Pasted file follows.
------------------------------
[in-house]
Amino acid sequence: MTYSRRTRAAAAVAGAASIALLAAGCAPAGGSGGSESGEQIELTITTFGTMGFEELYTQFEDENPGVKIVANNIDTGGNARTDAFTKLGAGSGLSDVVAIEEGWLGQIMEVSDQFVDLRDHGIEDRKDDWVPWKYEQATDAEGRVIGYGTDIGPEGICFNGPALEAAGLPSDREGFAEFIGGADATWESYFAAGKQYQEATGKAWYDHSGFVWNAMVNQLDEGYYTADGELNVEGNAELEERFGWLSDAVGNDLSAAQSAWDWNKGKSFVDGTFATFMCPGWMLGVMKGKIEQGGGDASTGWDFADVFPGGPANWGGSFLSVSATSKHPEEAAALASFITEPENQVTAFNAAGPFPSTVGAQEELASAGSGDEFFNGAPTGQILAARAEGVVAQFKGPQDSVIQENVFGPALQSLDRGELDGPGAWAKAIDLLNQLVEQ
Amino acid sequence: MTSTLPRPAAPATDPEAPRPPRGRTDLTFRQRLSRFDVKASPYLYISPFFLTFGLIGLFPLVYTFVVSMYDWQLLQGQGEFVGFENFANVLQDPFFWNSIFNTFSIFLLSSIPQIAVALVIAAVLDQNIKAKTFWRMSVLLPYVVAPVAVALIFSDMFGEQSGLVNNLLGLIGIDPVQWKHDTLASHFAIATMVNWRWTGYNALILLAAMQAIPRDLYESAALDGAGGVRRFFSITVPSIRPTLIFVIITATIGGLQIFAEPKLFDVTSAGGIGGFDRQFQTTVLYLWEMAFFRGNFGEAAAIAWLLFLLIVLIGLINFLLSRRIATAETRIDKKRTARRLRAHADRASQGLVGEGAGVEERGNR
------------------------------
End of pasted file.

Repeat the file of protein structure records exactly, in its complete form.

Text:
[in-house]
Amino acid sequence: MTYSRRTRAAAAVAGAASIALLAAGCAPAGGSGGSESGEQIELTITTFGTMGFEELYTQFEDENPGVKIVANNIDTGGNARTDAFTKLGAGSGLSDVVAIEEGWLGQIMEVSDQFVDLRDHGIEDRKDDWVPWKYEQATDAEGRVIGYGTDIGPEGICFNGPALEAAGLPSDREGFAEFIGGADATWESYFAAGKQYQEATGKAWYDHSGFVWNAMVNQLDEGYYTADGELNVEGNAELEERFGWLSDAVGNDLSAAQSAWDWNKGKSFVDGTFATFMCPGWMLGVMKGKIEQGGGDASTGWDFADVFPGGPANWGGSFLSVSATSKHPEEAAALASFITEPENQVTAFNAAGPFPSTVGAQEELASAGSGDEFFNGAPTGQILAARAEGVVAQFKGPQDSVIQENVFGPALQSLDRGELDGPGAWAKAIDLLNQLVEQ
Amino acid sequence: MTSTLPRPAAPATDPEAPRPPRGRTDLTFRQRLSRFDVKASPYLYISPFFLTFGLIGLFPLVYTFVVSMYDWQLLQGQGEFVGFENFANVLQDPFFWNSIFNTFSIFLLSSIPQIAVALVIAAVLDQNIKAKTFWRMSVLLPYVVAPVAVALIFSDMFGEQSGLVNNLLGLIGIDPVQWKHDTLASHFAIATMVNWRWTGYNALILLAAMQAIPRDLYESAALDGAGGVRRFFSITVPSIRPTLIFVIITATIGGLQIFAEPKLFDVTSAGGIGGFDRQFQTTVLYLWEMAFFRGNFGEAAAIAWLLFLLIVLIGLINFLLSRRIATAETRIDKKRTARRLRAHADRASQGLVGEGAGVEERGNR